WITH Christmas only 10 days away, many of you, fretting over presents and wondering what to get those dear to you, will be unaware of the intrinsic link between the greatest gift giver of them all and County Kilkenny.
According to Kilkenny historians, the saint who inspired the spirit of Christmas is buried at Newtown, Jerpoint, close to Mount Juliet hotel and golf club.
In something akin to a chapter from a Dan Brown novel, it appears that the remains of St Nicholas of Myra well known for his secret gift giving in the 4th century, were moved to a little church three miles from Thomastown some 800 years ago. It is well documented that during his life, St Nicholas left anonymous gifts for the poor and his well-known philanthropy and generosity of spirit led to him being made a saint shortly after his death in 346 AD, inspiring the legend of Father Christmas, Santa Claus or Kris Kindle-call him what you will.
Whether Santa was already in the world before St Nicholas is hard to say but for most Christians, Santa Claus is very much alive and at the centre of their plans for the holiday season, while the man himself is preparing for his big night.
One story attributed to St Nicholas was that of a poor man with three daughters who didn’t have the money to buy their dowries and thus save his children from slavery. As the girls came of age and the man’s anxiety increased, bags of gold were tossed through a window or down a chimney of his home over three nights - providing him with the funds he needed to save his girls and marry them odd to well-off husbands.
It is thought that the man who inspired the tradition of leaving presents under a Christmas tree, St Nicholas came from a wealthy Byzantine family and he is believed to have given much of his fortune away.
Early pilgrims visited the cathedral in Myra to pay their respects to the bishop. He was originally buried at a local church in Myra, in modern day Turkey, when he died. Historians now believe his body was later moved to the church in Ireland by early Crusaders who were responsible for taking many valuable artefacts from Turkey and neighbouring Greece
Chairman of Callan Heritage Society Philip Lynch said that the remains were twice transferred across Europe in the 12th century. The colourful farmer claims a French family called the de Frainets moved the saint’s remains from Myra to Italy in 1169 and that a relative called Nicholas de Frainet then took the remains to Ireland when his family relocated there and built a little church to the saint at Jerpoint. “St Nicholas Church is still standing and there is a slab on the ground which marks St Nicholas’s grave,” he said. Few locals know of the much-loved figure’s link with Kilkenny. “It is an amazing story and yet very few people in Ireland know about St Nicholas’s connection with this country,” he said. “Every year now we get a few visitors to the site, “ Mr Lynch said.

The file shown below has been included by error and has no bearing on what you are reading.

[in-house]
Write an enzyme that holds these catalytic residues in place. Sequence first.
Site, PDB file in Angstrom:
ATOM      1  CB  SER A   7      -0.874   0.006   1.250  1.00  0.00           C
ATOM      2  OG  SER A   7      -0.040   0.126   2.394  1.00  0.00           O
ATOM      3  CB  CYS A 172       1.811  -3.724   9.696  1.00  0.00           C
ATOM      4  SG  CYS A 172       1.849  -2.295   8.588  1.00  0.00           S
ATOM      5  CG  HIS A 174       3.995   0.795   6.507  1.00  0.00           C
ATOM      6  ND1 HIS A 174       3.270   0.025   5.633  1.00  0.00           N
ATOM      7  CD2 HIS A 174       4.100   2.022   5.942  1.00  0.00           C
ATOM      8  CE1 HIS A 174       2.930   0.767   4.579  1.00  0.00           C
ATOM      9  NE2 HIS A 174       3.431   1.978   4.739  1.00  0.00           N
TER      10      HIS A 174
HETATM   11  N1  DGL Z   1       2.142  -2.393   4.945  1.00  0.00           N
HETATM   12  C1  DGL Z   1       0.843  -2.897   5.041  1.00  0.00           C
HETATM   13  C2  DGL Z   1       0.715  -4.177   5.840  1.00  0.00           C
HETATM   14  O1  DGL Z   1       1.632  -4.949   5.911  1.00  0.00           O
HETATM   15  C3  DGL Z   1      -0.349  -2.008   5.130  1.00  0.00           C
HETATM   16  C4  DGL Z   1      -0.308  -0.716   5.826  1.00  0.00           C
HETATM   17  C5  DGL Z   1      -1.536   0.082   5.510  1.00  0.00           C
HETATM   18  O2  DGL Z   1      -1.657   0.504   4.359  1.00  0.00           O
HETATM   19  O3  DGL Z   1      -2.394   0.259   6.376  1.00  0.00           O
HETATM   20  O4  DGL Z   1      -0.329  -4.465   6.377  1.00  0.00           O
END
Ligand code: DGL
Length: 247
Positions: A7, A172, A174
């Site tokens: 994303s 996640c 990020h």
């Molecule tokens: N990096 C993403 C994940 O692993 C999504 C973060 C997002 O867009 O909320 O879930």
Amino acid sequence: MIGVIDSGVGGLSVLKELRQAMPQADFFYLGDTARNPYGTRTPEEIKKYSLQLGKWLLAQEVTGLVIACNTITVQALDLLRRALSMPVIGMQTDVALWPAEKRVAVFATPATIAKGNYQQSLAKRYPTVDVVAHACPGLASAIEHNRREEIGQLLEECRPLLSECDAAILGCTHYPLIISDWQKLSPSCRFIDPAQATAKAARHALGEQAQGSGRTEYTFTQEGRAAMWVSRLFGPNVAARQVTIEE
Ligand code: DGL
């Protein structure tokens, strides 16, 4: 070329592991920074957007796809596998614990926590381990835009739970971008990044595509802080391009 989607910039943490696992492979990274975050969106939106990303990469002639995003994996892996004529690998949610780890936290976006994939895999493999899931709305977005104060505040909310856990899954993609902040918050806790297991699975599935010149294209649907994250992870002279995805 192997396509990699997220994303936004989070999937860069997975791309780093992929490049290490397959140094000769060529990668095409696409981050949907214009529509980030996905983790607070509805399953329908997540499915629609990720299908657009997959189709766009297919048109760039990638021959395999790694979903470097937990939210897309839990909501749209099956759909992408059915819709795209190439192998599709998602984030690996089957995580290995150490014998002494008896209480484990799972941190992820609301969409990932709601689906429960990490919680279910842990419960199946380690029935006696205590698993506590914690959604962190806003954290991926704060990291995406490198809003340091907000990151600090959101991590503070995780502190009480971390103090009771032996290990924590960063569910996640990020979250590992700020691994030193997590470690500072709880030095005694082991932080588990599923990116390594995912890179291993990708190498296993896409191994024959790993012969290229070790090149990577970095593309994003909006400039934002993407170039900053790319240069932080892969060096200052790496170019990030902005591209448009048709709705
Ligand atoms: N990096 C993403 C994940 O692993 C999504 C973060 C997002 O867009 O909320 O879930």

Born into a wealthy merchant family in the Mediterranean city of Myra, St Nicholas dedicated his life to serving God and following Jesus’ instruction to “sell what you own and give the money to the poor.” And this seems to be the message from Pope Francis I who seems to be very much in the likeness of St Nicholas.
The saint left anonymous gifts for the sick and destitute – bags of gold were a favourite – and later earned a reputation as a miracle worker with the ability to resurrect murdered children. Following his death in AD 346, his tomb at Myra cathedral became a site of pilgrimage for early Christians, who believed it possessed mystical healing powers.
So how did a Turkish saint end up on buried here in Ireland? It’s long been known that St. Nicholas didn’t stay in his initial tomb for long. In the 11th century, the city of Myra, part of the Byzantine Empire, which inspired WB Yeats, was besieged by Seljuk Turks.
So the remains were removed in case they would get into the hands of the invading Muslims and it is thought that the casket was removed by a crew of enterprising Italian sailors and were spirited across the Mediterranean to their home port of Bari. Today, Catholics, Protestants and Orthodox Christians flock to that city on the Adriatic to pray at the grand Basilica di San Nicola, where his relics are rumoured to be kept but backing up Kilkenny historians theory that the remains never actually stayed in Italy.
Philip Lynch has claimed that the daring raid was carried out by Italian sailors but at the behest and organised by a family of French crusaders, who were known to be major collectors of relics. “The de Frainets, who are now known as the Freaneys, had land near Thomastown in Kilkenny,” Philly Lynch, said from his home at Mallardstown, Callan, adjacent to Callan golf club.
“They also had lands in France. They went on the Crusades to the Holy Land to take on the Saracens. The crusaders grabbed the remains as they were retreating from a Saracen army and took them to Bari in southern Italy, which was then part of the French Norman empire,” Mr Lynch said.
As Lynch tells it, the odyssey of the holy remains wasn’t over yet. After the Normans were forced out of Bari by the Genoese, the de Frainets shifted the relics to their home in Nice. But soon the balance of power turned against the Normans in France as well, so the family packed up St. Nicholas’s bones and headed to Ireland, adding that the remains were finally buried at the church in Jerpoint in 1200AD. The church now lies in ruins, but Lynch pointed out that one impressive tomb still stands out: a slab of rock into which the image of a bishop and two other heads have been chiselled. The heads are believed to be the two Crusaders who brought Nicholas’s remains to Ireland. And the bishop, believed to be Nicholas of Myra is surrounded by three gold bags which were destined for others.